Christopher Buckley was born in New York City in 1952 and graduated cum laude from Yale University in 1976. He shipped out in the Merchant Marine and at age 24 became managing editor of Esquire magazine. At age 29, he became chief speechwriter to the Vice President of the United States, George H.W. Bush. Since 1989 he has been founder and editor-in-chief of Forbes Life magazine.
His books, most of them national bestsellers, include The White House Mess, Wet Work, Thank You For Smoking, God Is My Broker, Little Green Men, No Way To Treat a First Lady, Florence of Arabia, Bloomsday, and Supreme Courtship. They have been translated into sixteen foreign languages, including Russian, Korean and Indonesian.Thank You For Smoking has been made into a major motion picture starring Aaron Eckhart, Robert Duvall, William Macy, Rob Lowe, Adam Brody and Katie Holmes. His novel Little Green Men is being made into a move starring John Malkovich and will be directed by Whit Stillman.
Mr. Buckley has contributed over 60 comic essays to The New Yorker magazine. His journalism, satire and criticism has been widely publishedin The New York Times, Wall Street Journal, Washington Post, New Republic, Washington Monthly, Vanity Fair, Vogue, Esquire, and other publications. He is the recipient of the 2002 Washington Irving Medal for Literary Excellence. In 2004 he was awarded the Thurber Prize for American Humor.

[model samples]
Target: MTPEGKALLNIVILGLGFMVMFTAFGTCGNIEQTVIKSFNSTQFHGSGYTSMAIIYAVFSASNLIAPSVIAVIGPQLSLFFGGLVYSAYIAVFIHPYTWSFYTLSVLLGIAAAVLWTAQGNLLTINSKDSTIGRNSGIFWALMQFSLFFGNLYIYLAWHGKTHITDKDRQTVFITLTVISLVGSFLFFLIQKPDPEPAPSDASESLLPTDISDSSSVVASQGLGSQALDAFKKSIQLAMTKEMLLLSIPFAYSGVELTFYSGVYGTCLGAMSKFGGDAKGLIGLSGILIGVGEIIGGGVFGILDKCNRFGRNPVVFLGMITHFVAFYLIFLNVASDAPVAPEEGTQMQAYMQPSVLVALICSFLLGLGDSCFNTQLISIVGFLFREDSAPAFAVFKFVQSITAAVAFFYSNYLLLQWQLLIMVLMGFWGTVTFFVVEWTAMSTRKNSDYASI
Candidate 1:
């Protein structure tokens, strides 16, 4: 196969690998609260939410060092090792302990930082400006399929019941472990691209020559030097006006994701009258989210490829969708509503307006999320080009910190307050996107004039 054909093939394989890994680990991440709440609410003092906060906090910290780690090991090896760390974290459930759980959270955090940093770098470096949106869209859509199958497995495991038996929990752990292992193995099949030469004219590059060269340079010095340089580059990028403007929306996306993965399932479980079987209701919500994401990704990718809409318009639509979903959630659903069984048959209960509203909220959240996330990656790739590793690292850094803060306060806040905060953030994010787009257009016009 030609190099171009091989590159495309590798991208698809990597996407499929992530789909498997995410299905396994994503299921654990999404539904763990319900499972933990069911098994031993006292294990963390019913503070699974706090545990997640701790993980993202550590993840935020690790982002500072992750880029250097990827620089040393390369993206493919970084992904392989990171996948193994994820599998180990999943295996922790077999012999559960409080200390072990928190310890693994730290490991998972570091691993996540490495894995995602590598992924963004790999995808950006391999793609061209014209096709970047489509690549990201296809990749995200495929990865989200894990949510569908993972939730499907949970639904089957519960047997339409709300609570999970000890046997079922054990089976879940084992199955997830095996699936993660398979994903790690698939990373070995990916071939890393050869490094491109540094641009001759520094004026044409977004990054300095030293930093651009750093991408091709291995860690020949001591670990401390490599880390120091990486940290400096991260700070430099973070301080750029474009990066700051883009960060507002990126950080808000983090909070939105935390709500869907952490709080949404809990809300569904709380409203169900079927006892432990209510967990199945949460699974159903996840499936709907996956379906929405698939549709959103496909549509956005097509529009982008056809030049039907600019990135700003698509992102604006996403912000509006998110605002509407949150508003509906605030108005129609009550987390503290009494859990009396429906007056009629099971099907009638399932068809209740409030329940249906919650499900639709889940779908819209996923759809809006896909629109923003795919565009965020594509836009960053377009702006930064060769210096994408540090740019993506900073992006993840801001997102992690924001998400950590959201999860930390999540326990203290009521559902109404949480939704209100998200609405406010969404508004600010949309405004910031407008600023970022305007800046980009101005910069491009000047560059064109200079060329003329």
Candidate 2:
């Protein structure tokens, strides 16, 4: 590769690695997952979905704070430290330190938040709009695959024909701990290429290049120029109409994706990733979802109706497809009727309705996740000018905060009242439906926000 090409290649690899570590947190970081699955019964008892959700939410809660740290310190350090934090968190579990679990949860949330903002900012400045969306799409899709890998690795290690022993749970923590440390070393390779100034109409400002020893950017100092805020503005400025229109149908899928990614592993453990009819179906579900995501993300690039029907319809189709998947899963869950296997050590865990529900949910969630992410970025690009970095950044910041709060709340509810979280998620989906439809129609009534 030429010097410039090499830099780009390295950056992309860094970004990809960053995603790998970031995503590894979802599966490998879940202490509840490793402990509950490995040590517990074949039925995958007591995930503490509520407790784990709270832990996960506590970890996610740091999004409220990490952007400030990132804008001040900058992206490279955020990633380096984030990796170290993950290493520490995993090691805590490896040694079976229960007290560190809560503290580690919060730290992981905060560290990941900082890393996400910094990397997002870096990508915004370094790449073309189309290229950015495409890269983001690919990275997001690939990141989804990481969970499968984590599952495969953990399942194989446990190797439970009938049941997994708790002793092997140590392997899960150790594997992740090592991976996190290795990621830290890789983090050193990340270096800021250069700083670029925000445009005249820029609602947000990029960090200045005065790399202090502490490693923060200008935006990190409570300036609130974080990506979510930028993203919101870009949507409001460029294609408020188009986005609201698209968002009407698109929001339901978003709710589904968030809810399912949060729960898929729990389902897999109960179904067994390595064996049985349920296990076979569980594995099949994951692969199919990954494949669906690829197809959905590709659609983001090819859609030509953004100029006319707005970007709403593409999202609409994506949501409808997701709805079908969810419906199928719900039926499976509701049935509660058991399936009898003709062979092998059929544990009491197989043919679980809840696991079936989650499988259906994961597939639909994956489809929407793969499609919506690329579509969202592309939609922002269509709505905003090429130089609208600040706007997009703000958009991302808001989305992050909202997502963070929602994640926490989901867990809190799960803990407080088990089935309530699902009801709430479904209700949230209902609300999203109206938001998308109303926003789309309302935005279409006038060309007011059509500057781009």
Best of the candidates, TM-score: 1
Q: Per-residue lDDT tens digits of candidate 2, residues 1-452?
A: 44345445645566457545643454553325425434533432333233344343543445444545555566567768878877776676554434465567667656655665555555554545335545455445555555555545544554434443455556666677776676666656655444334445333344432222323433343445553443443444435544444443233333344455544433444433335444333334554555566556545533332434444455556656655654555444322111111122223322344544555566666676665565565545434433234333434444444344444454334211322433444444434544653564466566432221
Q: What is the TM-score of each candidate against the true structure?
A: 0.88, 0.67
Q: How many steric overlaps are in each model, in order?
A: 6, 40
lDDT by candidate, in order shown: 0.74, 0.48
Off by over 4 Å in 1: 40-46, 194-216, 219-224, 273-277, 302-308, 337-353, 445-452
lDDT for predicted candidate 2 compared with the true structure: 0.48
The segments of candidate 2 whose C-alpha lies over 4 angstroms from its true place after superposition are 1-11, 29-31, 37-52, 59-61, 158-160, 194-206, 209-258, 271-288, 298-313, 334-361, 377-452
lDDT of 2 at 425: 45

He lives in Washington, D.C. and New York City.
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A Conversation with Christopher Buckley
Administered by Himself
So, what was the inspiration for your new novel, BOOMSDAY?
The bank that owns my house.
Oh. Well, but seriously .
I suppose I tend to write about things that make me mad. And among the things that get my dander up is the governments serial fiscal irresponsibility in refusing to confront the inexorable math of Social Security.
Thats a mouthful. So you consider yourself, then, a social critic?
I consider myself a hack novelist with a mortgage. But also, a father of an 18 year old and a 14 year old who are going to spend a large chunk of their working lives paying off the debt incurred by my generation and the ones that went before. What happened to the concept of bequeathing our children a better world? Sorry, feeling a bit grumpy about all this. Really, the book is a laugh riot.
Is it difficult, finding the humor in Social Security reform?
You try it sometime.
No need to get snippy.
I suppose most of my books are elaborate bar bets. With Thank You For Smoking, the bet would have been: can you make a tobacco lobbyist sympathetic? With this its: ...
Blood at the Root
"A gripping, timely, and important examination of American racism."
- PW Starred Review
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